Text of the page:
Convenience

Convenience is essential to the ecommerce experience, in general — and especially when it comes to customer service.

In fact, 97% of consumers have abandoned purchases due to a lack of convenient services.

That said, your ecommerce consumers should always be able to get whatever they need from your customer service team.

And they should be able to do so with ease, and on their terms.

At the very least, your customers should be able to request further service on their terms — then be taken through the solution with as minimal effort as possible on their part.

Enabling & Empowering

More than just helping customers through the immediate process or situation at hand, ecommerce customer service should empower them even further.

  • Empowerment to overcome obstacles on their own
  • Empowerment to avoid similar obstacles in the future
  • Empowerment to glean more and more value from your products and services

This shift in how you approach customer service is what will allow your team and your customers to push past the status quo and achieve your true destiny together.

Ever-Evolving

To continue pushing past this status quo, your customer service efforts must always be improving in some way or another.

For one, it becomes a necessity as your customers’ expectations evolve over time. Similarly, as your competitors discover new and creative ways to serve their audiences, you’ll at least need to keep up with them.

Customer service isn’t just about routinely fixing isolated issues for customers as they arise. Rather, it’s about continuously ensuring you can provide for your customers’ needs as time goes on — and that you continue to actually do so.

The Benefits of Delivering Excellent Ecommerce Customer Service

Now, let’s look at how providing top-notch service to your customers will positively impact your business.

1. Increase Conversions

First things first, excellent customer service paves the way for a massive spike in conversions — for many reasons.

For one, answering your prospective customers’ questions and providing additional guidance helps them make more informed purchasing decisions. Superb customer service also helps remove blockers of any kind that may be getting in the way of potential purchases.

As an added bonus, delivering killer customer service can actually be the reason your customers buy from you: 90% of B2B buyers say they’ve made final purchasing decisions based on the quality of service provided.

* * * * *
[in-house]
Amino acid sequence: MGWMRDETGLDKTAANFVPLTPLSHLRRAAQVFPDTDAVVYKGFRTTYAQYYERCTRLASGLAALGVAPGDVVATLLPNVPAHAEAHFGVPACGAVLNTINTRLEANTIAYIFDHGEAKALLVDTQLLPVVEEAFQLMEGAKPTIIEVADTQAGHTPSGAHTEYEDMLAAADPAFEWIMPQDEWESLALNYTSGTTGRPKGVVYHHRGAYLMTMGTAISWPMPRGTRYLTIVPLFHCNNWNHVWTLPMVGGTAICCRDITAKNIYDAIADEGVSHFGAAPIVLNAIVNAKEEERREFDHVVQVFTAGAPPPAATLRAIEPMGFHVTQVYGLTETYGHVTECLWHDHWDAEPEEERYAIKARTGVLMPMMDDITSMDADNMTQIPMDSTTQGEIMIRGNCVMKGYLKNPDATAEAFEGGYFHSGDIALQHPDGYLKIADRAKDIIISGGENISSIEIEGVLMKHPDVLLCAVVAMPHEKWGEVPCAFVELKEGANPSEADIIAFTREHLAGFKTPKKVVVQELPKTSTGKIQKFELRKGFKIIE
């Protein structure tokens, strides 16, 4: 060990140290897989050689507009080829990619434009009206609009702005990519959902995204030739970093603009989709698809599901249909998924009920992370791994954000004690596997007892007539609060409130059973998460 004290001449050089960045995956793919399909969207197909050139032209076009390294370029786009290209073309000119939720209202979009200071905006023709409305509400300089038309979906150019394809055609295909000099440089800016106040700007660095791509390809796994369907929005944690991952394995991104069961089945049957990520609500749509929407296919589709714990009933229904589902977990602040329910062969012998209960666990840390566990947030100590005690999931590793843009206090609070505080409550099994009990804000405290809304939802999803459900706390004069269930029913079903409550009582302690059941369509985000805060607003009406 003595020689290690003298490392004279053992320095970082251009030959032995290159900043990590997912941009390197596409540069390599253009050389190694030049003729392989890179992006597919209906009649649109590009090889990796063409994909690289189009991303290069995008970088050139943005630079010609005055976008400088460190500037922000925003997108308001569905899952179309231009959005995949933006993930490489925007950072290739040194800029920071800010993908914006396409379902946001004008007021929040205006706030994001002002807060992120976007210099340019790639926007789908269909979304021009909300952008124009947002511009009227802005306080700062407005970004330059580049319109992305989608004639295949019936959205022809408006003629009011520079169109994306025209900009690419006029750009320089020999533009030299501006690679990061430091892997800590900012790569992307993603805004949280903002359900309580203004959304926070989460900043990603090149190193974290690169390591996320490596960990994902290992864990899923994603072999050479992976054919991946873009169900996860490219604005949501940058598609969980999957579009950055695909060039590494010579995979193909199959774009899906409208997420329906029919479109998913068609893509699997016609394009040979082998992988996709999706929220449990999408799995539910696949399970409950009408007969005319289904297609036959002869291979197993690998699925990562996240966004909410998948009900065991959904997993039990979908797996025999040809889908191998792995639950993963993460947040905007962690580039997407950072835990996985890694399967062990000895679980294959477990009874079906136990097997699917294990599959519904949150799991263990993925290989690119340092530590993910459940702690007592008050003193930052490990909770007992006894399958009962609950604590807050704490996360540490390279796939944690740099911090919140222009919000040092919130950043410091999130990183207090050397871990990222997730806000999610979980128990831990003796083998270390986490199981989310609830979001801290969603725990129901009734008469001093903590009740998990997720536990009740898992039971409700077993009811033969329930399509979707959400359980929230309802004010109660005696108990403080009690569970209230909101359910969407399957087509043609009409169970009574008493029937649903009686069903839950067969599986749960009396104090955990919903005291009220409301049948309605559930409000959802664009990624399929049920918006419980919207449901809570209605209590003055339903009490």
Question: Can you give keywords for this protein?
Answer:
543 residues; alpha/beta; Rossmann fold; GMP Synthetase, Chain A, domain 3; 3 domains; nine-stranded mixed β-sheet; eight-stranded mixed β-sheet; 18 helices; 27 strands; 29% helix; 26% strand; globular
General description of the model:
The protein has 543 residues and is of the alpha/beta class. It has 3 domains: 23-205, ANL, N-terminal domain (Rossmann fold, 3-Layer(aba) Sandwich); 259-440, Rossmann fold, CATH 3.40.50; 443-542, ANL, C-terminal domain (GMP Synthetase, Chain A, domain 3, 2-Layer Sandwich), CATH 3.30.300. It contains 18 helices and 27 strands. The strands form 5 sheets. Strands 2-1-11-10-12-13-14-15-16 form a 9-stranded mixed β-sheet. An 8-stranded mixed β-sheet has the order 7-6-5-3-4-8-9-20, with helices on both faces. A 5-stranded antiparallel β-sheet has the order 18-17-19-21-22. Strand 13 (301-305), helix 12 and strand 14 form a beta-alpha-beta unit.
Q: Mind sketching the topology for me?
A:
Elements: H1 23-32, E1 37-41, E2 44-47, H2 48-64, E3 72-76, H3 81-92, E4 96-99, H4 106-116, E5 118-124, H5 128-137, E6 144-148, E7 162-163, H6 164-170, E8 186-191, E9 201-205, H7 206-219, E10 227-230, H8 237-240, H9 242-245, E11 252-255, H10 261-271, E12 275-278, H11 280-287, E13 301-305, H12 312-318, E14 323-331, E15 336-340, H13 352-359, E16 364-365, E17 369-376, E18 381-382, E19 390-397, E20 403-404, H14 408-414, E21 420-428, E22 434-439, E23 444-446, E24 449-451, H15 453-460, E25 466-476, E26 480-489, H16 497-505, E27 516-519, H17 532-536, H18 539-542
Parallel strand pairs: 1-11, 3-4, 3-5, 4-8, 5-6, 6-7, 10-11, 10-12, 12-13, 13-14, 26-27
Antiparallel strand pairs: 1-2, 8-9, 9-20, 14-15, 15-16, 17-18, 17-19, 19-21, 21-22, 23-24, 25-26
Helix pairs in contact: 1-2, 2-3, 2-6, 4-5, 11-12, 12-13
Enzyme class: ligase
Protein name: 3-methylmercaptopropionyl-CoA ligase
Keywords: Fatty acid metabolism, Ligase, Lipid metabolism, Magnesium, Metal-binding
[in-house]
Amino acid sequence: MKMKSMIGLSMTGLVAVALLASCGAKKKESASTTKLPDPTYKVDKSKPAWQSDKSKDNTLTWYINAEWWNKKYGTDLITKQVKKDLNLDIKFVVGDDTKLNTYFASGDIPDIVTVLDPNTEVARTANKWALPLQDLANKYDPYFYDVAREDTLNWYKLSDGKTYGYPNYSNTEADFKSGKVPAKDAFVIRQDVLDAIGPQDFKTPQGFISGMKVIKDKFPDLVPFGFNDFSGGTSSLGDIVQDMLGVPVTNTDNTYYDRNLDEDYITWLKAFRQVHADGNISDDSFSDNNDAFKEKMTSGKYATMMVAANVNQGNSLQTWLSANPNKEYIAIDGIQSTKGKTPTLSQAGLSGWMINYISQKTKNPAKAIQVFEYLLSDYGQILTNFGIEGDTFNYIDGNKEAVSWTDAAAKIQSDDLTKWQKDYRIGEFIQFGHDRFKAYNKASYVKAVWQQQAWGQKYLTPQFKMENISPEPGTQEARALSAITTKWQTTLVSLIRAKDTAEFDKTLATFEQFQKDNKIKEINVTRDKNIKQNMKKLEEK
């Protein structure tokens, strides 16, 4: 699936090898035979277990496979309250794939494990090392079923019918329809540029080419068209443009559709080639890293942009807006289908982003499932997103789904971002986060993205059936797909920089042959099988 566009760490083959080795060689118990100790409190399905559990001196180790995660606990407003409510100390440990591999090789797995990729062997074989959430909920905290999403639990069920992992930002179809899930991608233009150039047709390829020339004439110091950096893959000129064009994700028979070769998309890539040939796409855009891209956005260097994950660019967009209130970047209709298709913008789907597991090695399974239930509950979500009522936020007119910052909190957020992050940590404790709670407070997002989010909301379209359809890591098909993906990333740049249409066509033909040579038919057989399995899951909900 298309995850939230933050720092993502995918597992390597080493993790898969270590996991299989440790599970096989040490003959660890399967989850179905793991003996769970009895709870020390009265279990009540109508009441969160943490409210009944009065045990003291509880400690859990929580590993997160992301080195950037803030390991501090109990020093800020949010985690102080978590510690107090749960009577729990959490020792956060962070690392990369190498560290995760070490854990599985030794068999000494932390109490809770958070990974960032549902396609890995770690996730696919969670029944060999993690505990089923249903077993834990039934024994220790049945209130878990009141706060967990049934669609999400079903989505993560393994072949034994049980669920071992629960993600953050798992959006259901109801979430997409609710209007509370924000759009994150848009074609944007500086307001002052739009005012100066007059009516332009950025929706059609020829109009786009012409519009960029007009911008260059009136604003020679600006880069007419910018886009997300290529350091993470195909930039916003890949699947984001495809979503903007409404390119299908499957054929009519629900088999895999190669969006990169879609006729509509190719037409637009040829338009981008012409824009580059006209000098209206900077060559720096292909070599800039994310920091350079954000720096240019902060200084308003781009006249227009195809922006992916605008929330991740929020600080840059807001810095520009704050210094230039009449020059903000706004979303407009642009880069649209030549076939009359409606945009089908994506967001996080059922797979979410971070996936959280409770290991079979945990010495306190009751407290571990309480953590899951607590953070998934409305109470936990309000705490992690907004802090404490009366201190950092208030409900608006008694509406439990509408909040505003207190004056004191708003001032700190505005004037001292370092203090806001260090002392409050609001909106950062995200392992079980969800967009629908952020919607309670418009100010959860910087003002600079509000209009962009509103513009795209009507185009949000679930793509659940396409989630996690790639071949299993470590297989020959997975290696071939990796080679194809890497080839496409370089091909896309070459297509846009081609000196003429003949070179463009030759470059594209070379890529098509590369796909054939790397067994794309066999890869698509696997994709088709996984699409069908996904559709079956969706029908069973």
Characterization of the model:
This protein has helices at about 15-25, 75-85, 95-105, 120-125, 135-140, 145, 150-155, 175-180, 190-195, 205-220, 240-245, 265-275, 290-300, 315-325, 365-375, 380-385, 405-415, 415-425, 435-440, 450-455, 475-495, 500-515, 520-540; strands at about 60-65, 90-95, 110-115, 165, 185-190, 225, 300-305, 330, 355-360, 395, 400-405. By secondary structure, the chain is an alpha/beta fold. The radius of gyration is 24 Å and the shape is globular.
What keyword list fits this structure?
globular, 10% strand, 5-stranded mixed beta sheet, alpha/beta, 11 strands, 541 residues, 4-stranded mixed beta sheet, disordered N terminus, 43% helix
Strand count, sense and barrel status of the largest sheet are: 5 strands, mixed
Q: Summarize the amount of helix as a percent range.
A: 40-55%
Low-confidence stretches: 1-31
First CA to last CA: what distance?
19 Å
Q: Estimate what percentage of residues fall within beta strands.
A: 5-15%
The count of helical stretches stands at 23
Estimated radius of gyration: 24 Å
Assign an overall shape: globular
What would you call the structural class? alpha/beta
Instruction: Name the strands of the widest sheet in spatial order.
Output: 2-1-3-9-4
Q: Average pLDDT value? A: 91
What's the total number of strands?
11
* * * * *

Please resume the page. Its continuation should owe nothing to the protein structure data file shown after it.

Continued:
2. Improve Retention and Loyalty

Great customer service will also keep your customers around for much longer — and keep them engaged, as well.

  • 91% of consumers would consider a subsequent purchase after a positive service experience
  • 69% would shop more frequently at stores that offer a consistent customer service experience
  • 78% would forgive a brand for a negative experience after receiving sufficient customer service

And this just makes sense:

By proving to your customers that you truly care for them and are dedicated to helping them succeed, you’ll give them every reason to continue doing business with your brand.

3. Avoid Churn

…but providing subpar customer service, of course, can cause your customers to turn away at even the slightest inconvenience.

(As much as 40% of your customer base would stop doing business with you if provided consistently poor service.)

So, providing excellent customer service will not only give your customers myriad reasons to stay — but will also minimize the risk of losing them for an easily-avoidable reason, as well.)

4. Improve Brand Reputation and Generate Referrals

For better or worse, 36% of consumers habitually tell others about their various branded experiences — with customer service figuring heavily into the conversation.

Following through on your service-related promises, then, is an essential part of improving your brand’s reputation and generating referred customers. The more good things your current customers have to say about your company, the more likely they are to get more newbies onboard.

Showing your customers how much you appreciate them is an effective way to improve your brand’s reputation.

5. Increase Revenues and Profit

As HelpScout explains, customer service ROI comes in the form of retention, upgrades, and expansion.

In other words, if you can get all of the above to fall into place, your customer service efforts will end up making you money — not spending it on sunken costs.

What’s more, improving your customer service efforts will decrease your related expenses in time. So, you’ll not only be making more from your customer service efforts — but will also be spending less to do so.

Ecommerce Customer Services Best Practices

Okay, we now know a bit more about:

  • The processes involved in ecommerce customer service
  • The overarching features of an exemplary customer service experience
  • The key reasons delivering exemplary customer service is so important